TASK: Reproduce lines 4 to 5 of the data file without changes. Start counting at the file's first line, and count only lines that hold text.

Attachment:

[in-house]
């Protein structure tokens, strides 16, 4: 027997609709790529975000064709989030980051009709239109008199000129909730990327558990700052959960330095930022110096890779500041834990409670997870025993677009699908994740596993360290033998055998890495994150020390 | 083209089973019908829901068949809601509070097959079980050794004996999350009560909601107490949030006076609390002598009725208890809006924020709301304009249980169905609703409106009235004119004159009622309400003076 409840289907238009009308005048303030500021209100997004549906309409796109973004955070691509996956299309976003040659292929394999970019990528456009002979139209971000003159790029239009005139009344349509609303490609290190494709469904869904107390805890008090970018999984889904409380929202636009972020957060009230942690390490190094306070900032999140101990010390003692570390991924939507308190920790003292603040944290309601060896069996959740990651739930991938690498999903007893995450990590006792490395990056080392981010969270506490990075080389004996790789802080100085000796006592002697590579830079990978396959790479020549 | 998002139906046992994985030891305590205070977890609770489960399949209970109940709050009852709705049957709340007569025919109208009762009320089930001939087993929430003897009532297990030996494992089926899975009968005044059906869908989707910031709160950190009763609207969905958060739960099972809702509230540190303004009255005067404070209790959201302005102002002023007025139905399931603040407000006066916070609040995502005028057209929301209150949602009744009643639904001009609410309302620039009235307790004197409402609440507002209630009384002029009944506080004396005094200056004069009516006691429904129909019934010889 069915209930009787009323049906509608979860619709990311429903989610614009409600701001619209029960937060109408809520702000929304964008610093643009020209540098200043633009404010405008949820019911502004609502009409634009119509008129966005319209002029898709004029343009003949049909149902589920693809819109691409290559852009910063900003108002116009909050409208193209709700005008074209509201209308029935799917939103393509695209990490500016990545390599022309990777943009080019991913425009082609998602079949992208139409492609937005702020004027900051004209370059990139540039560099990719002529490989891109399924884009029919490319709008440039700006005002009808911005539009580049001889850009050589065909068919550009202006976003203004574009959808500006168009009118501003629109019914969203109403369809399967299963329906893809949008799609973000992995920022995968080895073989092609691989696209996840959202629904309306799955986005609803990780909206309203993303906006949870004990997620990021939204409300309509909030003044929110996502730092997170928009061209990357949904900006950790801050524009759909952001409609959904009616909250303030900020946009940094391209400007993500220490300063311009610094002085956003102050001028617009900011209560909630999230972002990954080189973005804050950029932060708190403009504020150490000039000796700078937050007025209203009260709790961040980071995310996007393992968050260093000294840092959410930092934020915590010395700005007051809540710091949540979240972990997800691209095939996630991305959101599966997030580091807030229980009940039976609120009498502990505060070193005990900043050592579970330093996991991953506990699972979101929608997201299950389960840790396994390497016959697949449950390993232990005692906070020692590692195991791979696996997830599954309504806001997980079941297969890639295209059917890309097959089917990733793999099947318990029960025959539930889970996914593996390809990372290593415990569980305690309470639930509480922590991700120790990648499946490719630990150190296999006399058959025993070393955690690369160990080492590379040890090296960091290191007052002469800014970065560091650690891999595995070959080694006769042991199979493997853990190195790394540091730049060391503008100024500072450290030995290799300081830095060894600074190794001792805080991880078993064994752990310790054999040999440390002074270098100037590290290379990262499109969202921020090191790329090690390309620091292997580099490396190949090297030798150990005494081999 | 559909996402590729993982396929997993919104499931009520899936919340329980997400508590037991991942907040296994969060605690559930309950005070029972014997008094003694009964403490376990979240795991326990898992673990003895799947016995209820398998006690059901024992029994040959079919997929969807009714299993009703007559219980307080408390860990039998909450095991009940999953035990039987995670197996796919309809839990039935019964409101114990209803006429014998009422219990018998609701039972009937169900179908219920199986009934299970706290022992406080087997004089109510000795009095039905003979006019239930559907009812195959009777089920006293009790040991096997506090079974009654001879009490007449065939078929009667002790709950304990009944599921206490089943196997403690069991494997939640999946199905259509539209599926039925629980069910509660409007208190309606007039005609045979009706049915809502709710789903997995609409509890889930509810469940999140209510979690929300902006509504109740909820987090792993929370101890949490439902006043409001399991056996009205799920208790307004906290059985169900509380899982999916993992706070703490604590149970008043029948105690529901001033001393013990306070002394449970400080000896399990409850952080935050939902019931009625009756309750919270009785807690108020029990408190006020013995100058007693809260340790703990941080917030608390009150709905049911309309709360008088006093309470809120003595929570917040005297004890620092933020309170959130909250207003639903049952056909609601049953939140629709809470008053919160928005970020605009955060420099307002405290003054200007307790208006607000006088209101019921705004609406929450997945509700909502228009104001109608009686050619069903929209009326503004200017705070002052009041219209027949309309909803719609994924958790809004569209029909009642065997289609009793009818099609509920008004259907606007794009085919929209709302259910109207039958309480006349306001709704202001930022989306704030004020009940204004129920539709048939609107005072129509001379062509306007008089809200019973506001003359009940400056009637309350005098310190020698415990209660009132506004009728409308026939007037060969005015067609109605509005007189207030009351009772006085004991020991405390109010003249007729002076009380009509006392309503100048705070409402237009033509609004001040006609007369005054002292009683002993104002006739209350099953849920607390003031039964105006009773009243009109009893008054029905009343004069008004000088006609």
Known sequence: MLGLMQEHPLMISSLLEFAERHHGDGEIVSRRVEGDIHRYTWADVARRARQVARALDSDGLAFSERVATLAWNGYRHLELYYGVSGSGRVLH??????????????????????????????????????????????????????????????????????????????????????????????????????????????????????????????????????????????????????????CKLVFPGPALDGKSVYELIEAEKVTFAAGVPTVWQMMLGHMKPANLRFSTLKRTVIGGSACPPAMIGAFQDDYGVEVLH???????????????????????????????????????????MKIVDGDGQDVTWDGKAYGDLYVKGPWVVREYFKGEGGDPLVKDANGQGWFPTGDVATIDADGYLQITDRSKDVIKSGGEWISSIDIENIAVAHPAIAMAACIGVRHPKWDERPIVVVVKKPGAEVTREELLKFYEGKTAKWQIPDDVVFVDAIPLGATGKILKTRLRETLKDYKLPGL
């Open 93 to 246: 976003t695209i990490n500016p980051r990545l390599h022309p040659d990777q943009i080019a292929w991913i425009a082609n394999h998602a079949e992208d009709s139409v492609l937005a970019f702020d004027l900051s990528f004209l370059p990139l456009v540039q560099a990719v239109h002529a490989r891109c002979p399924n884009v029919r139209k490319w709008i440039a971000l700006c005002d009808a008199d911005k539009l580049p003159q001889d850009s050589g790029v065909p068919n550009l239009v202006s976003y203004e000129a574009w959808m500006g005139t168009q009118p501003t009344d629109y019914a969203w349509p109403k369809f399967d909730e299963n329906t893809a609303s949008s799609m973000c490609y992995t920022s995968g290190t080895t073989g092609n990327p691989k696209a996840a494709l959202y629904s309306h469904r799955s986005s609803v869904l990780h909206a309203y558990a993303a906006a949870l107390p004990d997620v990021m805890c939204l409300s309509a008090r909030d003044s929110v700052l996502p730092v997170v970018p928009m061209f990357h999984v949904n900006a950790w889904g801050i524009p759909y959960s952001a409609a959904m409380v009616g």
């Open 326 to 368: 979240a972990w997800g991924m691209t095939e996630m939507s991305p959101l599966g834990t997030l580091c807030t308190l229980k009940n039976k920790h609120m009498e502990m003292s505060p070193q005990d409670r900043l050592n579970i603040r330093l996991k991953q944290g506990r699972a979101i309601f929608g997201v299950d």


């Open 93 to 246: 976003t695209i990490n500016p980051r990545l390599h022309p040659d990777q943009i080019a292929w991913i425009a082609n394999h998602a079949e992208d009709s139409v492609l937005a970019f702020d004027l900051s990528f004209l370059p990139l456009v540039q560099a990719v239109h002529a490989r891109c002979p399924n884009v029919r139209k490319w709008i440039a971000l700006c005002d009808a008199d911005k539009l580049p003159q001889d850009s050589g790029v065909p068919n550009l239009v202006s976003y203004e000129a574009w959808m500006g005139t168009q009118p501003t009344d629109y019914a969203w349509p109403k369809f399967d909730e299963n329906t893809a609303s949008s799609m973000c490609y992995t920022s995968g290190t080895t073989g092609n990327p691989k696209a996840a494709l959202y629904s309306h469904r799955s986005s609803v869904l990780h909206a309203y558990a993303a906006a949870l107390p004990d997620v990021m805890c939204l409300s309509a008090r909030d003044s929110v700052l996502p730092v997170v970018p928009m061209f990357h999984v949904n900006a950790w889904g801050i524009p759909y959960s952001a409609a959904m409380v009616g």
């Open 326 to 368: 979240a972990w997800g991924m691209t095939e996630m939507s991305p959101l599966g834990t997030l580091c807030t308190l229980k009940n039976k920790h609120m009498e502990m003292s505060p070193q005990d409670r900043l050592n579970i603040r330093l996991k991953q944290g506990r699972a979101i309601f929608g997201v299950d």